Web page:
“The feeding program was executed legitimately while students were enjoying the meals provided, ranging from rice and stew to yam and egg to milk, spaghetti, and others.
“In the afternoon, a pupil in school is entitled to a plate of whatever is provided as a meal for the day.
“But as time went on, the feeding program flopped, because the process failed because of the actors involved: the contractors (cooks), SUBEB, and the Ministry for Local Government.
“The idea was to cook the food on the school premises and have it supervised by inspectors from the Ministry for Local Government and the Local Education Authority (LEA) officials before distributing it to the pupils.
“However, since the contracts were awarded to government officials, in some schools, the food is cooked elsewhere, brought to the schools, and shared with the pupils; no one knows how hygienic the food is.
“There is no book-log to find the name of contractors of the program; the milk and the water, which are meant to fight malnutrition, have been hijacked by the unknown contractors,” he declared.
Why a Parent withdrew his child from school in Kuraye Town
Kabiru Isah, the 67-year-old father of Sabiu, a 7-year-old, told this reporter that his child has not been attending school for over 2 years due to a lack of feeding in the school.
He narrated: “During COVID-19, when the school feeding program started, I reinstated my child to school as I believed our children would be fed properly, but the case was different.
“I have no money to cater for my family; whenever my child returns from school, he always cries of hunger, but there is no food to be given to him.
“One day I decided to disengage him from the school so he could learn handy work to sustain himself.”
Sabiu Kabiru told this reporter that his ambition is to become a Lawyer to defend human rights and hold governments accountable in the future.
“I want to continue schooling, but I can’t concentrate because of hunger. The management does not feed us except for our headmaster (Fmr. Mallam Auwal Ibrahim), who usually buys biscuits for us.
“So due to my lack of concentration and frequent complaints to my father, he decided to disengage me from school.”
Kabiru, who is currently learning how to repair bicycles, said, “My boss at work used to feed me every morning with tea and bread; sometimes he brings already cooked food from home and shares it with all his apprentices.
Sabiu Kabiru, repairing bicycle (PC: Lukman Abdulmalik)
“Not only does he give us food, but he also gives us stipends (N200.00) of two hundred Naira on a daily basis.
Kabiru, who dreams of becoming a lawyer, said: “I have been saving N200 so I can resume school without thinking of the school feeding program.”
Massive Dropout and Malnutrition Affecting Pupils in Larabawa, Kiru LGA
On a Monday morning of June 5, 2023, a site visit by this reporter met Larabawa Primary School pupils in Kiru LGA, looking tired and restless. No fewer than 10 students were in attendance.
Labrawa School has only two classes, which are all in bad shape, with a headmaster and one class teacher. The school has been the only learning environment in the community.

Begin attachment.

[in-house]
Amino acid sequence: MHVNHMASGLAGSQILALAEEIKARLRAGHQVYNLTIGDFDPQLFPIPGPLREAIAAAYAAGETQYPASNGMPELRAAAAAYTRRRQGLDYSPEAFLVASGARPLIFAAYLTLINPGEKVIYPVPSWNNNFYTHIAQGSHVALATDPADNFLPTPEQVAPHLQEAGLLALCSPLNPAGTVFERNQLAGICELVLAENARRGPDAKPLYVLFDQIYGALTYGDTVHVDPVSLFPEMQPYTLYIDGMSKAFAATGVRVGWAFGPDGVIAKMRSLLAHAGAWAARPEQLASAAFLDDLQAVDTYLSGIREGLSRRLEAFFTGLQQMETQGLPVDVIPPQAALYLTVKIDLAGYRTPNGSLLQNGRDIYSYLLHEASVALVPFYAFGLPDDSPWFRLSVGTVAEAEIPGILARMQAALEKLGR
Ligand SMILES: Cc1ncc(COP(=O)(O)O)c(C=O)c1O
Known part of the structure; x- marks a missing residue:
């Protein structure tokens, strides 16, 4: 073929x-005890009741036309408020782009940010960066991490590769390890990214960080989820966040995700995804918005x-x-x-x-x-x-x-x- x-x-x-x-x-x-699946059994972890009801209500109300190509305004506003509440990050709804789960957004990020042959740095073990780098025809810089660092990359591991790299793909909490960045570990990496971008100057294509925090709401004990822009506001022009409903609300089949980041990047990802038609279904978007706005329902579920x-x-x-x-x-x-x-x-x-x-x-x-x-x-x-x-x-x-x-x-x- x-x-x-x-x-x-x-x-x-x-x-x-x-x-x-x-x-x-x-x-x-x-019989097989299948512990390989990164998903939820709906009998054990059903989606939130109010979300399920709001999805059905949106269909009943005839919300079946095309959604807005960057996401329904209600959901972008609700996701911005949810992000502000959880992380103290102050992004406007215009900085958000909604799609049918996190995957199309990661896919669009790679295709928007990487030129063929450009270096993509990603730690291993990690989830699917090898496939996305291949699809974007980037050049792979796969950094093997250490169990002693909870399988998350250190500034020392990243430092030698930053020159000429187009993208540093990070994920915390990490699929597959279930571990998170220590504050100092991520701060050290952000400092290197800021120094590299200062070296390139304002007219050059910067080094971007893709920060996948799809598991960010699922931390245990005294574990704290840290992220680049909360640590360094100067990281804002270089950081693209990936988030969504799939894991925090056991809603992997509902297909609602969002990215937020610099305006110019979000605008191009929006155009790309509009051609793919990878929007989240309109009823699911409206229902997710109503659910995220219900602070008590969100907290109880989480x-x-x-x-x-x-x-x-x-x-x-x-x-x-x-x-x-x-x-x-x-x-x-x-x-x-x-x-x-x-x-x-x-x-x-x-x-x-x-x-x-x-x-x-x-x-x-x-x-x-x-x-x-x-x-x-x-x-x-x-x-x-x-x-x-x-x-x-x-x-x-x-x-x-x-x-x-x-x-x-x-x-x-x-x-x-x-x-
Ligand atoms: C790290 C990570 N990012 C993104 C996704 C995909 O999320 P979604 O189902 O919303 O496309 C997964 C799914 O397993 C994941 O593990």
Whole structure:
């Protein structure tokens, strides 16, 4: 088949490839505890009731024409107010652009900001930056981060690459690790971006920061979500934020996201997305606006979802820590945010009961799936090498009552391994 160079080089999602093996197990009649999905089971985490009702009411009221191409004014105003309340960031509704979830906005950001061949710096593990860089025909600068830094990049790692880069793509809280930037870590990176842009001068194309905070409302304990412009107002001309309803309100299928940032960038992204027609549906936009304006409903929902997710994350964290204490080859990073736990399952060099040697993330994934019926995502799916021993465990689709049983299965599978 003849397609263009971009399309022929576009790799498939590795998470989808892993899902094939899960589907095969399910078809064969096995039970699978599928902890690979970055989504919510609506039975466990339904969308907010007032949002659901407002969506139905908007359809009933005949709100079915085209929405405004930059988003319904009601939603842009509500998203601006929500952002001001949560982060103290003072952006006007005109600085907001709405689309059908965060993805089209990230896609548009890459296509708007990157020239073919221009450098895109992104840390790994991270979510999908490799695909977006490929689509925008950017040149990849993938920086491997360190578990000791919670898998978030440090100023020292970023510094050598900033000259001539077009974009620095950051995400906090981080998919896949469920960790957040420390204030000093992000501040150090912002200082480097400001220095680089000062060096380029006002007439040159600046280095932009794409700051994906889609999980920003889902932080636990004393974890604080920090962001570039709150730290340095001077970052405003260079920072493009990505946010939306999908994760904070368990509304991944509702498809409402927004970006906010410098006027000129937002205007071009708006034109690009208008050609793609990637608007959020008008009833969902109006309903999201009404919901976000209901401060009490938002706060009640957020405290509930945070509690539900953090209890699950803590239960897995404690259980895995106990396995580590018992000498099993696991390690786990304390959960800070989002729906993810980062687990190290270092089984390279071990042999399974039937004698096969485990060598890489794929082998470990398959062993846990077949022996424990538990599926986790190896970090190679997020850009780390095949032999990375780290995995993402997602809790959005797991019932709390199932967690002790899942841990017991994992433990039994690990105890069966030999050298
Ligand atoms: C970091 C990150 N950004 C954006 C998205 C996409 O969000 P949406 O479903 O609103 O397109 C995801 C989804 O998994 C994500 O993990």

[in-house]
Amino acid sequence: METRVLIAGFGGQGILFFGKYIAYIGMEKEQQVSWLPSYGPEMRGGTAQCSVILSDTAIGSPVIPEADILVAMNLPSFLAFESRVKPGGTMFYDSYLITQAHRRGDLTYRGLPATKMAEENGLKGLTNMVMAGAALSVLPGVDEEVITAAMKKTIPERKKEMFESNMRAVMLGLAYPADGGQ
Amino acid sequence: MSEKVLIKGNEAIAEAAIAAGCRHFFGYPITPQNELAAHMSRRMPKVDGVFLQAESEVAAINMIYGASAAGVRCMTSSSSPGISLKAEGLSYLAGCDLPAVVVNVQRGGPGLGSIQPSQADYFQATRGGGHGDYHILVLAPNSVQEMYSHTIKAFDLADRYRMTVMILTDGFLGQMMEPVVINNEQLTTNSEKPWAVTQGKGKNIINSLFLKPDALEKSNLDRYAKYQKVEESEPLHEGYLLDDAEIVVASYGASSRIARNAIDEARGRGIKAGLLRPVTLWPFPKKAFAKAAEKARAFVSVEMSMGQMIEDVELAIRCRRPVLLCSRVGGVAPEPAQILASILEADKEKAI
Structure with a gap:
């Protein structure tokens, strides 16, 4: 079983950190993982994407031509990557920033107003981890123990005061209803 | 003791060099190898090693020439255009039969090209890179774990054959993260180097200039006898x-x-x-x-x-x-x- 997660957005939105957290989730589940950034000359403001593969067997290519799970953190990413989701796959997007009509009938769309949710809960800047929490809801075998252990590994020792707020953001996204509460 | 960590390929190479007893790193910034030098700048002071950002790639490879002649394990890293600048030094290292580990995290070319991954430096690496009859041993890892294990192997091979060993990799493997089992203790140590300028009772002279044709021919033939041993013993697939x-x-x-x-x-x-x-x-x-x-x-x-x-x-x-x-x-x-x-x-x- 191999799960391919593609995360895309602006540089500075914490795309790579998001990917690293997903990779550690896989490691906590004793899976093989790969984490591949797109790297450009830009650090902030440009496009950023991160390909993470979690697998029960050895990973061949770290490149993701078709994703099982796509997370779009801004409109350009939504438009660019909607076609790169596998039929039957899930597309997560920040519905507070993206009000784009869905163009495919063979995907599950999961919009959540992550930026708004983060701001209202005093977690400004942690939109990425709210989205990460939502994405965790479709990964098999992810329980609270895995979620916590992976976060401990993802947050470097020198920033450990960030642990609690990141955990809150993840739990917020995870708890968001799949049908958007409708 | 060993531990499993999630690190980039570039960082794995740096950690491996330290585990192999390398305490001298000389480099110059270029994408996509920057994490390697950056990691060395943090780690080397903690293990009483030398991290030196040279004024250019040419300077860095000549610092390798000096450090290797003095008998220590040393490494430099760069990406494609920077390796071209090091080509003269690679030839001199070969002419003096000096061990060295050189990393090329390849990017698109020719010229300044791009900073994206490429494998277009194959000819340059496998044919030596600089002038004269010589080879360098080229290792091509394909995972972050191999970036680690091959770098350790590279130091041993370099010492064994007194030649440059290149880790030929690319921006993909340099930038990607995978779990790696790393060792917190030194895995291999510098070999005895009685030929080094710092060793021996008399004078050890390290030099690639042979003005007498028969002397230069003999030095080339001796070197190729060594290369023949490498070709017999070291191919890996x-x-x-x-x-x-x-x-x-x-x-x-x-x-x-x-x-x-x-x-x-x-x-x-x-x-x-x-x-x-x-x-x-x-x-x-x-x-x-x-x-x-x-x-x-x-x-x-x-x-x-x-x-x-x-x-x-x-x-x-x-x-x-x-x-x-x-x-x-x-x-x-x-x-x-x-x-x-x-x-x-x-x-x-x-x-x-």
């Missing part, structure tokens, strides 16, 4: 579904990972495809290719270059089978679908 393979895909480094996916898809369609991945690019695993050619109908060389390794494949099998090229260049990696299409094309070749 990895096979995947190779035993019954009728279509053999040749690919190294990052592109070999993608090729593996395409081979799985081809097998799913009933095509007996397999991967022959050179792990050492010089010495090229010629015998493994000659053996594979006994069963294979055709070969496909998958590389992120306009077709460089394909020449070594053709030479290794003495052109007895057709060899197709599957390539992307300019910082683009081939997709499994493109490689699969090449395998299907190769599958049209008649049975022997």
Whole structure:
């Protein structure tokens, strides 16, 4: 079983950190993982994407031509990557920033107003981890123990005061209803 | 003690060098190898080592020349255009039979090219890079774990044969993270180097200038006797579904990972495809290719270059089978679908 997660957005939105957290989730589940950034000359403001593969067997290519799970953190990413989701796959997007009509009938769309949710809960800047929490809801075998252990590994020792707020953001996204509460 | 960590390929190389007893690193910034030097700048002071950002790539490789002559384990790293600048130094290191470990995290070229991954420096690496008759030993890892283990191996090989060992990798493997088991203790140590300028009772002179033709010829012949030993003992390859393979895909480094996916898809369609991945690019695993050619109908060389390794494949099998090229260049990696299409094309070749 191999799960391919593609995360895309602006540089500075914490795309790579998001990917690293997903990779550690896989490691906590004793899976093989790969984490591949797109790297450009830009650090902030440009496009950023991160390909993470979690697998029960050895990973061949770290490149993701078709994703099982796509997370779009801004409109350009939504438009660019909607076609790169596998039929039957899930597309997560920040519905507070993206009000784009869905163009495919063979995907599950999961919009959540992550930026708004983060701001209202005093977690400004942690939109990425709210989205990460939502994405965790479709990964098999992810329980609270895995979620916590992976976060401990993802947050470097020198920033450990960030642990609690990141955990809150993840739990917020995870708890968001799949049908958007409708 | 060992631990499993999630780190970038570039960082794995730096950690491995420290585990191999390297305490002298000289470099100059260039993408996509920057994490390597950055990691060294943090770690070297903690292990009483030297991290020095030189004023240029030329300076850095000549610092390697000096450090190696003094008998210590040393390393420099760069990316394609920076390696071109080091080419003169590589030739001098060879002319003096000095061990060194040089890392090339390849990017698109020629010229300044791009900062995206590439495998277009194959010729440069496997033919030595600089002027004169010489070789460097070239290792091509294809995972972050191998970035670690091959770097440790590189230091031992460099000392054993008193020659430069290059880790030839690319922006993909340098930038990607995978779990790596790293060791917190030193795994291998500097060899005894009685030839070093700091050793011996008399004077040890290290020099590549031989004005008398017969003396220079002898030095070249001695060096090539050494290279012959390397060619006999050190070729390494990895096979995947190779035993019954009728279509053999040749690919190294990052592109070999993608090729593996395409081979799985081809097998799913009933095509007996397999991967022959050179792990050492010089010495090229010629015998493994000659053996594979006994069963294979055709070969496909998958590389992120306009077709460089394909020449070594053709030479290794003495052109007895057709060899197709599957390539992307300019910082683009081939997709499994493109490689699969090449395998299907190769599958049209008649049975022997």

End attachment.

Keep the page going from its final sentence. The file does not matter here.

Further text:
Mallam Abubakar Usaini, a head teacher at Larabawa Primary School, lamented that pupils have massively dropped out of school as there is no provision for food from the state government.
Mallam Abubakar Usaini, Headmaster, Larabawa Primary School (PC: Lukman Abdulmalik)
He said: “Pupils no longer attend school in this Larabawa community in Kiru LGA because of the failed feeding program.
“Since the feeding program started, Larabawa Primary School has never benefited from the scheme, and this has prevented so many pupils from attending school.
“On many occasions, our pupils are looking malnourished because their parents couldn’t feed them well at home, as they depend on the school feeding program.”
Usaini further disclosed that “as a form of motivation, I usually buy snacks with my money for the pupils in the community to encourage them to attend school.
“Whenever I bought cookies or snacks, the community leader, Mallam Usman Habibu, had to go round the corners and crannies of the community to announce to the parents and the pupils that there would be school on the next day and there would be the provision of cookies. (Mallam Habibu confirmed to this reporter that he plays this role for the Head master).
“Any day I buy the cookies, pupils will fill the school. But on the contrary, it is hard to count up to 10 pupils in the school; they prefer to hawk or go to the farm to assist their parents.”
Scanty Pupils of Larabawa Primary School (PC: Lukman Abdulmalik)
“Most of the children are looking malnourished because they don’t feed well at home,” he added.
In an interaction with Amina Musa, a 6-year-old pupil at Larabawa Primary School, she told this reporter: “I have never benefited from the feeding in the school, the day my parents cook for me to take to school, or if our headmaster is sharing cookies, I usually attend.
“But whenever there is no food, my parents send me to hawk Awara (soybean cake) so we can get money to feed ourselves.